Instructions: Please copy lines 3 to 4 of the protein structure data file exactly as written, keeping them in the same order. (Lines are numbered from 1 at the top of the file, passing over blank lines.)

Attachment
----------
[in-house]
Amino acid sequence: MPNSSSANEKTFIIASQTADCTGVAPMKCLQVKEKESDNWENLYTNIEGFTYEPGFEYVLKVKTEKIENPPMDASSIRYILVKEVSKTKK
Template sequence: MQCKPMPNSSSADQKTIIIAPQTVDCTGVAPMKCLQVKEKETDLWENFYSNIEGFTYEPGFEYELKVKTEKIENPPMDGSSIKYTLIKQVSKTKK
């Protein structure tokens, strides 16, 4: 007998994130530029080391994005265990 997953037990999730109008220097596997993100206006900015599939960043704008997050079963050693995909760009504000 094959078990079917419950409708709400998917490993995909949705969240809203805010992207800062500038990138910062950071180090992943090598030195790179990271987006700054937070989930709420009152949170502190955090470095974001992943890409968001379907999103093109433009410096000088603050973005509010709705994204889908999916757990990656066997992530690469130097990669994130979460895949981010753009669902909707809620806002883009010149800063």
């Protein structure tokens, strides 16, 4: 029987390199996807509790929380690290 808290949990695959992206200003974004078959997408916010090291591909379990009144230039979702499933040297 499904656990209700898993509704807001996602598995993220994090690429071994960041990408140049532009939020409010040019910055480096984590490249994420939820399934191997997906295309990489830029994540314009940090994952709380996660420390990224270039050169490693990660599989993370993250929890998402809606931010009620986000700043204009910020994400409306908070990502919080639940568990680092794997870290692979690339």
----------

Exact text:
Template sequence: MQCKPMPNSSSADQKTIIIAPQTVDCTGVAPMKCLQVKEKETDLWENFYSNIEGFTYEPGFEYELKVKTEKIENPPMDGSSIKYTLIKQVSKTKK
């Protein structure tokens, strides 16, 4: 007998994130530029080391994005265990 997953037990999730109008220097596997993100206006900015599939960043704008997050079963050693995909760009504000 094959078990079917419950409708709400998917490993995909949705969240809203805010992207800062500038990138910062950071180090992943090598030195790179990271987006700054937070989930709420009152949170502190955090470095974001992943890409968001379907999103093109433009410096000088603050973005509010709705994204889908999916757990990656066997992530690469130097990669994130979460895949981010753009669902909707809620806002883009010149800063």